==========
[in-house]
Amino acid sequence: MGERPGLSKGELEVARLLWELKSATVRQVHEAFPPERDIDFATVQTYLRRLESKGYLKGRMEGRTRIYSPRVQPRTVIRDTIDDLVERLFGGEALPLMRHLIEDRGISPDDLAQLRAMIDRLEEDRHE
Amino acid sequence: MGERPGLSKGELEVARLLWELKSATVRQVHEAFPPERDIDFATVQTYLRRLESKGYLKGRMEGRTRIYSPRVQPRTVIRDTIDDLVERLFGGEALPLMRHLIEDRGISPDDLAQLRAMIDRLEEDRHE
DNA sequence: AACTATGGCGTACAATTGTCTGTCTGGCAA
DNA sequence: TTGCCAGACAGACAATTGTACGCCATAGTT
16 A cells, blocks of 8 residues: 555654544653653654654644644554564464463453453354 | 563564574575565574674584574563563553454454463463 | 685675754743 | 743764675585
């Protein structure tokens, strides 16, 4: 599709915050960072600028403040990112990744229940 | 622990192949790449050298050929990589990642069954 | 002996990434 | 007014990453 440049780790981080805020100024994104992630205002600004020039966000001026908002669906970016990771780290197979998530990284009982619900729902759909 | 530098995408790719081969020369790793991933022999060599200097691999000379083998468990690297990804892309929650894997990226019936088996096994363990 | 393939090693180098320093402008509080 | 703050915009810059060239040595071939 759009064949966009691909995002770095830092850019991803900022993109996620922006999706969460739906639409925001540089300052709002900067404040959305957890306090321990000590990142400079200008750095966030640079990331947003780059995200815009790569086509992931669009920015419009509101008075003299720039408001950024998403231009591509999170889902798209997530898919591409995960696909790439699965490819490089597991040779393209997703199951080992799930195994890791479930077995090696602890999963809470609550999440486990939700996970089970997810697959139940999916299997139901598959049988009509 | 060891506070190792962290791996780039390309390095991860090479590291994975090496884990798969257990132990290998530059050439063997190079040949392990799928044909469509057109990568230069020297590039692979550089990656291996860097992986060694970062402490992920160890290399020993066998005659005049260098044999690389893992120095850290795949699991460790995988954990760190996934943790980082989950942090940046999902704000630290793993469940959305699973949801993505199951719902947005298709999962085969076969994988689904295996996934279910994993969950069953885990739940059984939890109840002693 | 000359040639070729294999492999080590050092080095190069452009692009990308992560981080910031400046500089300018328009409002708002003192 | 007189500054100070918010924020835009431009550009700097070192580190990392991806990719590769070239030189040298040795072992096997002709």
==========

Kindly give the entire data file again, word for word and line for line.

[in-house]
Amino acid sequence: MGERPGLSKGELEVARLLWELKSATVRQVHEAFPPERDIDFATVQTYLRRLESKGYLKGRMEGRTRIYSPRVQPRTVIRDTIDDLVERLFGGEALPLMRHLIEDRGISPDDLAQLRAMIDRLEEDRHE
Amino acid sequence: MGERPGLSKGELEVARLLWELKSATVRQVHEAFPPERDIDFATVQTYLRRLESKGYLKGRMEGRTRIYSPRVQPRTVIRDTIDDLVERLFGGEALPLMRHLIEDRGISPDDLAQLRAMIDRLEEDRHE
DNA sequence: AACTATGGCGTACAATTGTCTGTCTGGCAA
DNA sequence: TTGCCAGACAGACAATTGTACGCCATAGTT
16 A cells, blocks of 8 residues: 555654544653653654654644644554564464463453453354 | 563564574575565574674584574563563553454454463463 | 685675754743 | 743764675585
């Protein structure tokens, strides 16, 4: 599709915050960072600028403040990112990744229940 | 622990192949790449050298050929990589990642069954 | 002996990434 | 007014990453 440049780790981080805020100024994104992630205002600004020039966000001026908002669906970016990771780290197979998530990284009982619900729902759909 | 530098995408790719081969020369790793991933022999060599200097691999000379083998468990690297990804892309929650894997990226019936088996096994363990 | 393939090693180098320093402008509080 | 703050915009810059060239040595071939 759009064949966009691909995002770095830092850019991803900022993109996620922006999706969460739906639409925001540089300052709002900067404040959305957890306090321990000590990142400079200008750095966030640079990331947003780059995200815009790569086509992931669009920015419009509101008075003299720039408001950024998403231009591509999170889902798209997530898919591409995960696909790439699965490819490089597991040779393209997703199951080992799930195994890791479930077995090696602890999963809470609550999440486990939700996970089970997810697959139940999916299997139901598959049988009509 | 060891506070190792962290791996780039390309390095991860090479590291994975090496884990798969257990132990290998530059050439063997190079040949392990799928044909469509057109990568230069020297590039692979550089990656291996860097992986060694970062402490992920160890290399020993066998005659005049260098044999690389893992120095850290795949699991460790995988954990760190996934943790980082989950942090940046999902704000630290793993469940959305699973949801993505199951719902947005298709999962085969076969994988689904295996996934279910994993969950069953885990739940059984939890109840002693 | 000359040639070729294999492999080590050092080095190069452009692009990308992560981080910031400046500089300018328009409002708002003192 | 007189500054100070918010924020835009431009550009700097070192580190990392991806990719590769070239030189040298040795072992096997002709």